Official Newsjournal of the Illinois Council of Health-System Pharmacists
by Charlene Hope, PharmD, MS, BCPS, ICHP President
I was cleaning out my office the other day and found a company newsletter from Esso Resources that my Dad gave me sometime last year. It was published back in 1988. He was about the same age I am now and one of several employees interviewed and featured in the newsletter. My favorite part of the column was the conclusion: “A large company is not unlike a community in that everyone has to learn to work together,” says Selwyn. “There’s a lot more to success than just working hard. To survive in any organization you not only have to work harder and smarter, you have to be a team player and that means working with a lot of different people. Sometimes it isn’t easy but I look at it as a challenge.”
It is one of my favorite ‘ah ha’ moments, because it's the moment you realize that you are probably much more like your parent than you care to admit.
As far as I can remember, starting early in my pharmacy career, I have always held close, and shared with numerous co-workers, the mantra: "Come on you guys, we just have to learn how to work smarter, not harder." Throughout my career, I have always been driven by looking at processes and creatively thinking of ways to improve them, to lessen the workload or to create time for clinical pharmacy activities. Those experiences have now led me to my career interest in healthcare quality and patient safety.
So when I recently saw an editorial published in the BMJ Quality and Safety Journal, entitled, A ‘work smarter, not harder’ approach to improving healthcare quality, I was very interested in what it had to say.1 The authors illustrated our current state of healthcare today, which at times can be best summarized in a word – overwhelming. Responsibilities include everything from implementation of healthcare technology, meeting regulatory standards, and initiating or expanding current services to maximize reimbursement from insurers.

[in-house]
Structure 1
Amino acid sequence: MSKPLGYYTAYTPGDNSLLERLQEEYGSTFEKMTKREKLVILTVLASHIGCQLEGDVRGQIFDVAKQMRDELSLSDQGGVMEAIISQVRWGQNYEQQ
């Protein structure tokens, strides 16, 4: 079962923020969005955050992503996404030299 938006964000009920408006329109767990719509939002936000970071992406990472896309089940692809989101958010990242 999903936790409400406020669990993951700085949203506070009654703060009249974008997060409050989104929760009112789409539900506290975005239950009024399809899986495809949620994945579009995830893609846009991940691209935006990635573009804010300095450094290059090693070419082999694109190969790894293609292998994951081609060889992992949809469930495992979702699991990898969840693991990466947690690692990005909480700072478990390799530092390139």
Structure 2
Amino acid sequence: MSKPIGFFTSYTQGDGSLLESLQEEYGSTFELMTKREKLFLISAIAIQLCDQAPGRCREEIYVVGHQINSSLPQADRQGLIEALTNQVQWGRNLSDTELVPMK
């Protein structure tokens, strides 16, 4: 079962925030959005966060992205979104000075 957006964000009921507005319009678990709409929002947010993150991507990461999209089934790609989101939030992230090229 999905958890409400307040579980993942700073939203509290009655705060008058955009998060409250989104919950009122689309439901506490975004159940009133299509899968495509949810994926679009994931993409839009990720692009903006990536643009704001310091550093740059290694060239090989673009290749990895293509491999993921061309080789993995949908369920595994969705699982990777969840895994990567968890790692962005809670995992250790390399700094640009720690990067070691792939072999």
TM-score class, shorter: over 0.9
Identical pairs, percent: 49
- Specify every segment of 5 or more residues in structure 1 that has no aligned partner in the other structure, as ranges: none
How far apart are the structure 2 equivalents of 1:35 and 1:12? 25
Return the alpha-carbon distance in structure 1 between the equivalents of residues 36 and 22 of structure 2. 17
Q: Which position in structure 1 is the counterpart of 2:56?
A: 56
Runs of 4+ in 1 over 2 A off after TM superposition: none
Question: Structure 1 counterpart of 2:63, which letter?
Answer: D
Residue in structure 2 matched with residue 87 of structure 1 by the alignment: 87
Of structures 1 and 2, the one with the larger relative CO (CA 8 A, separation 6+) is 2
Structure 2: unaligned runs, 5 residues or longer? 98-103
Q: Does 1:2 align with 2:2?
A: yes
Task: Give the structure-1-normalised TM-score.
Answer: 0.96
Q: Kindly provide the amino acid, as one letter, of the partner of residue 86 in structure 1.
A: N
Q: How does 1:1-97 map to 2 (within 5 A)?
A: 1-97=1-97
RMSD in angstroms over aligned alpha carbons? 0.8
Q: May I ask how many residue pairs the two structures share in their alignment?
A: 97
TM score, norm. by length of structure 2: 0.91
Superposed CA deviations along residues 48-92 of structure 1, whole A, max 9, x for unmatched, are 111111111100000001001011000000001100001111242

The issue for us in healthcare right now is that more and more is getting added to everyone's plate, but the plate is not getting any larger. We are often relegated to telling our staff to work harder. And naturally, working harder does not always get you the results you hope for. The authors offer the alternative approach of working smarter.
Smarter takes patience – it is taking the time to consider the impact of implementing a new initiative on current staff workload and involving the front-line caregivers in designing and testing alternative ways of incorporating the new work. The benefits include increased staff engagement, increased sustainability of the practice change and hopefully better outcomes. Naturally, there are often numerous forces within an organization that make "working smarter" easier said than done. It isn’t easy, but I look on it as a challenge. Opportunities are everywhere for working smarter – we just need to look for them!
For example, promoting a work smarter not harder mindset occurred most recently working with my pharmacy team on automated dispensing cabinet restocking practices and delivery times. Two technicians were assigned to pull and prepare the medications for different nursing areas and then deliver them at later times in the morning. Issues often ensued depending on the teams of technicians that were scheduled together (some working together better than others) and there was a lack of consistency or agreed upon standard of restocking practices for the department. After reviewing the current workflow and discussing the goal of becoming more efficient, it was decided that the two technicians would work together to pull the medications for all the assigned nursing areas together, and then they would both deliver the medications at the same time.
The result? Enhanced teamwork among the technicians. In addition, the positive comments from the technicians regarding the new process were numerous, and the time to complete the restocking was reduced such that there was an hour gained in time before the next tasks were due. The technicians were wondering what they should do with the extra time they had. Albeit a simple example, it was a great short term win for the pharmacy department.
We all have opportunities to work smarter if we take the time to look around us, reflect on what is working and what isn’t, make the necessary adjustments, and then watch the resulting enhanced teamwork and better, more effective patient care. What needs adjusting at your work site?
Chicago Area Pharmacy Directors Network Dinner
3rd Thursday of Odd Months
Second Tuesday of each month at 7:00 p.m.
Third Tuesday of each month at 11:00 a.m.
Third Monday of each month at 5:00 p.m.
Third Tuesday of each month at 8:00 a.m.
Fourth Thursday of each month at 12:00 p.m.
Fourth Thursday of each month at 2:00 p.m.
New Practitioner Network
Second Thursday of each month at 5:30 p.m.
Second Friday of each month at 8:00 a.m.
Chicago Area Pharmacy Directors Network Dinner
Bi-monthly in odd numbered months with dates to be determined. Invitation only.